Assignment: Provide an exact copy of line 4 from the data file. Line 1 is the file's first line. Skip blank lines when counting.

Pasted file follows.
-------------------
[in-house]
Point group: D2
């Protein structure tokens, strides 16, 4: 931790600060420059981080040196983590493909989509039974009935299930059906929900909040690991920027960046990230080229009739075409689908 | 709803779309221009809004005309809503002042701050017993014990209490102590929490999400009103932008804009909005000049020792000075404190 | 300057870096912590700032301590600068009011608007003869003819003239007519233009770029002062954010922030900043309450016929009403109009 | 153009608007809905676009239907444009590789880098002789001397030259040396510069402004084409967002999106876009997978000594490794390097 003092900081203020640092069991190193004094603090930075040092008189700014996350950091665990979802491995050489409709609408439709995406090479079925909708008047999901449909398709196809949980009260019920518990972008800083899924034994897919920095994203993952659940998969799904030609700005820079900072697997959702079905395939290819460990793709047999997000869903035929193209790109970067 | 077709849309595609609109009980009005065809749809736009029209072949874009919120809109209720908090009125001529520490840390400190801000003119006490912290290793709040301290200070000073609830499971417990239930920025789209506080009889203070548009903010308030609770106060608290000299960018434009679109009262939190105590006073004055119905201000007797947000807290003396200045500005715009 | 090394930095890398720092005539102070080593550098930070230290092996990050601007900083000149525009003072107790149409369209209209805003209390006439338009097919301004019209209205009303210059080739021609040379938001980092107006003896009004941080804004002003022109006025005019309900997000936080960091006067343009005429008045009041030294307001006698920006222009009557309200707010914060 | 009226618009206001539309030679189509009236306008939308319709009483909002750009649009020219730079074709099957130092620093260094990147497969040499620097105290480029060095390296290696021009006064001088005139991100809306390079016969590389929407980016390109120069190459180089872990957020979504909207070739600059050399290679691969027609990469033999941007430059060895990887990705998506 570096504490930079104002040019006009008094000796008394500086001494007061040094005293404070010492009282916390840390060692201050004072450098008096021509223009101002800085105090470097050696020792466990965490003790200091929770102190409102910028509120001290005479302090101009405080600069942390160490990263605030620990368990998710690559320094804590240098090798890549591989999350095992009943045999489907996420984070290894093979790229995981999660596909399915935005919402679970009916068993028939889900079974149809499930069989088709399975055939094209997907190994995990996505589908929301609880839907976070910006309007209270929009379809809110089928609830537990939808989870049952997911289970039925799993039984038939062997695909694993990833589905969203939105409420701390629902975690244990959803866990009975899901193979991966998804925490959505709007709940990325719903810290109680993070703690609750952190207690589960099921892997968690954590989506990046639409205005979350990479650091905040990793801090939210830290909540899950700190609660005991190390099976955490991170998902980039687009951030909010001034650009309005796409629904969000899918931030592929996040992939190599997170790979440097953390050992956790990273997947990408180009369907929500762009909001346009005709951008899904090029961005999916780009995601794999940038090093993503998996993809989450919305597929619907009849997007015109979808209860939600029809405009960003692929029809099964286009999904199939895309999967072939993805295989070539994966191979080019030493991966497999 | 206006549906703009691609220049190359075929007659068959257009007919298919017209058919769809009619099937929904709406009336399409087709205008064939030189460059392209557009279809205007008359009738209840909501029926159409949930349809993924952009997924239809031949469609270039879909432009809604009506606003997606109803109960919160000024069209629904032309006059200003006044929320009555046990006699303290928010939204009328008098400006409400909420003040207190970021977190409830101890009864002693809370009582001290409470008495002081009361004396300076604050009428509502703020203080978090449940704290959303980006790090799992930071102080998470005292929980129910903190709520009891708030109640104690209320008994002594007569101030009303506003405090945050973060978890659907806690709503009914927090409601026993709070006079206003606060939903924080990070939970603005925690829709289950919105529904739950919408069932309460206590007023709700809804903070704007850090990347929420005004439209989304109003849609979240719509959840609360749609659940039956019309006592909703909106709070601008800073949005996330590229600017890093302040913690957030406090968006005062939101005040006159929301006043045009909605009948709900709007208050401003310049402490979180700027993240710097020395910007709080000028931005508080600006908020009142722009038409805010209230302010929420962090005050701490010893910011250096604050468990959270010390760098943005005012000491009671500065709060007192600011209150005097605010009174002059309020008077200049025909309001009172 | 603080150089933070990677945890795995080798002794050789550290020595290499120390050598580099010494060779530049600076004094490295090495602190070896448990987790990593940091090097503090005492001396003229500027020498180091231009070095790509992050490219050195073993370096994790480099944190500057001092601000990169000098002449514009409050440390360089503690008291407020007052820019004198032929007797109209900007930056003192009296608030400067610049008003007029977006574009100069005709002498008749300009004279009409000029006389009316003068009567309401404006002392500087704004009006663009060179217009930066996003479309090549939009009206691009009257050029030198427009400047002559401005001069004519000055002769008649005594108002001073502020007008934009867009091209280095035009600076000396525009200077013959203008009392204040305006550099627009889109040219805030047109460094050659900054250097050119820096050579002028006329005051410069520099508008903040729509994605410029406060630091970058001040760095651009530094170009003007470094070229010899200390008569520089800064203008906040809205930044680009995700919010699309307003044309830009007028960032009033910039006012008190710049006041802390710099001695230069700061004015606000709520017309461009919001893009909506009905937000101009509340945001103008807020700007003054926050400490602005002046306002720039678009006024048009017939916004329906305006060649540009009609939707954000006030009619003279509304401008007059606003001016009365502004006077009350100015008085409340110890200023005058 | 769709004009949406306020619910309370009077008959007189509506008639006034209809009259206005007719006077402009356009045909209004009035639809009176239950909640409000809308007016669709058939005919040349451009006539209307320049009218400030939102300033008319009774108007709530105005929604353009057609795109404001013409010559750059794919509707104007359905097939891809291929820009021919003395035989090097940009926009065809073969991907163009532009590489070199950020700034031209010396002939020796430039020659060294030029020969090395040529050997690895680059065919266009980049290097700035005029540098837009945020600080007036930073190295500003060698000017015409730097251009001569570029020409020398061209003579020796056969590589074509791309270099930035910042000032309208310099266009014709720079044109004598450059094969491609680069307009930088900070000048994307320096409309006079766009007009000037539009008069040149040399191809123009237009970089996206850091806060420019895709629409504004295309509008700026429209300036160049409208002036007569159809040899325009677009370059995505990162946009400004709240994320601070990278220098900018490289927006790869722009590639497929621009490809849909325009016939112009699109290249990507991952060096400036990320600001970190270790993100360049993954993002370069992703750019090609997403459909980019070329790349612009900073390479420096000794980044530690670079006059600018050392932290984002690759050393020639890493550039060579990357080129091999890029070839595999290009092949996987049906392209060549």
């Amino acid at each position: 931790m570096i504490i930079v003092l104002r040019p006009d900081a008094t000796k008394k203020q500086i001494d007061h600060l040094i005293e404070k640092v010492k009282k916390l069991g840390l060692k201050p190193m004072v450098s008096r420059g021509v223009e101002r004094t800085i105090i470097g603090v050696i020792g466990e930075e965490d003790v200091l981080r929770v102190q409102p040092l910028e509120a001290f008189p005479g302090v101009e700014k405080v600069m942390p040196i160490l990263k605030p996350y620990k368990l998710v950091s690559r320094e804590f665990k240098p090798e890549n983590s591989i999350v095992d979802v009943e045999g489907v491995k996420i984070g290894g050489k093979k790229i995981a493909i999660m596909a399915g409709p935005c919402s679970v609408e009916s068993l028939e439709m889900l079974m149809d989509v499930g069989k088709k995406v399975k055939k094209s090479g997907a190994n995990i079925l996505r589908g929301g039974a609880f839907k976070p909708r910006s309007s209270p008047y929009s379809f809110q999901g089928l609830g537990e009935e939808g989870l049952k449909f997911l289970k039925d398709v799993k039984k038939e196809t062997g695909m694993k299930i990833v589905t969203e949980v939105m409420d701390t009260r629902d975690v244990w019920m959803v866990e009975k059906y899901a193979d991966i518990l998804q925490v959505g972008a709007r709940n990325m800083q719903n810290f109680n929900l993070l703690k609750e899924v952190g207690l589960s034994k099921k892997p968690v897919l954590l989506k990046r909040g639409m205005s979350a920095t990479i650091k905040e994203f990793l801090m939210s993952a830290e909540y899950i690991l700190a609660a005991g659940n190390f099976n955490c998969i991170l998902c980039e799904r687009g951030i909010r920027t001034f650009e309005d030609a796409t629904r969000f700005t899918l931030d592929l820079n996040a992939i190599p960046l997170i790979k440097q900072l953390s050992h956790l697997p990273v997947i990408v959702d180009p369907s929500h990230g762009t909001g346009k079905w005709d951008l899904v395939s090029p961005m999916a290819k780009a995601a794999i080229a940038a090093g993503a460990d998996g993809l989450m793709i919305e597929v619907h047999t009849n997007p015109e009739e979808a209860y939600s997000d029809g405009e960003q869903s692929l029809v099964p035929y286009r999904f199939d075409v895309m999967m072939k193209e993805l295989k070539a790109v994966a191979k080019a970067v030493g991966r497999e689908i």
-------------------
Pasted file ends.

């Amino acid at each position: 931790m570096i504490i930079v003092l104002r040019p006009d900081a008094t000796k008394k203020q500086i001494d007061h600060l040094i005293e404070k640092v010492k009282k916390l069991g840390l060692k201050p190193m004072v450098s008096r420059g021509v223009e101002r004094t800085i105090i470097g603090v050696i020792g466990e930075e965490d003790v200091l981080r929770v102190q409102p040092l910028e509120a001290f008189p005479g302090v101009e700014k405080v600069m942390p040196i160490l990263k605030p996350y620990k368990l998710v950091s690559r320094e804590f665990k240098p090798e890549n983590s591989i999350v095992d979802v009943e045999g489907v491995k996420i984070g290894g050489k093979k790229i995981a493909i999660m596909a399915g409709p935005c919402s679970v609408e009916s068993l028939e439709m889900l079974m149809d989509v499930g069989k088709k995406v399975k055939k094209s090479g997907a190994n995990i079925l996505r589908g929301g039974a609880f839907k976070p909708r910006s309007s209270p008047y929009s379809f809110q999901g089928l609830g537990e009935e939808g989870l049952k449909f997911l289970k039925d398709v799993k039984k038939e196809t062997g695909m694993k299930i990833v589905t969203e949980v939105m409420d701390t009260r629902d975690v244990w019920m959803v866990e009975k059906y899901a193979d991966i518990l998804q925490v959505g972008a709007r709940n990325m800083q719903n810290f109680n929900l993070l703690k609750e899924v952190g207690l589960s034994k099921k892997p968690v897919l954590l989506k990046r909040g639409m205005s979350a920095t990479i650091k905040e994203f990793l801090m939210s993952a830290e909540y899950i690991l700190a609660a005991g659940n190390f099976n955490c998969i991170l998902c980039e799904r687009g951030i909010r920027t001034f650009e309005d030609a796409t629904r969000f700005t899918l931030d592929l820079n996040a992939i190599p960046l997170i790979k440097q900072l953390s050992h956790l697997p990273v997947i990408v959702d180009p369907s929500h990230g762009t909001g346009k079905w005709d951008l899904v395939s090029p961005m999916a290819k780009a995601a794999i080229a940038a090093g993503a460990d998996g993809l989450m793709i919305e597929v619907h047999t009849n997007p015109e009739e979808a209860y939600s997000d029809g405009e960003q869903s692929l029809v099964p035929y286009r999904f199939d075409v895309m999967m072939k193209e993805l295989k070539a790109v994966a191979k080019a970067v030493g991966r497999e689908i």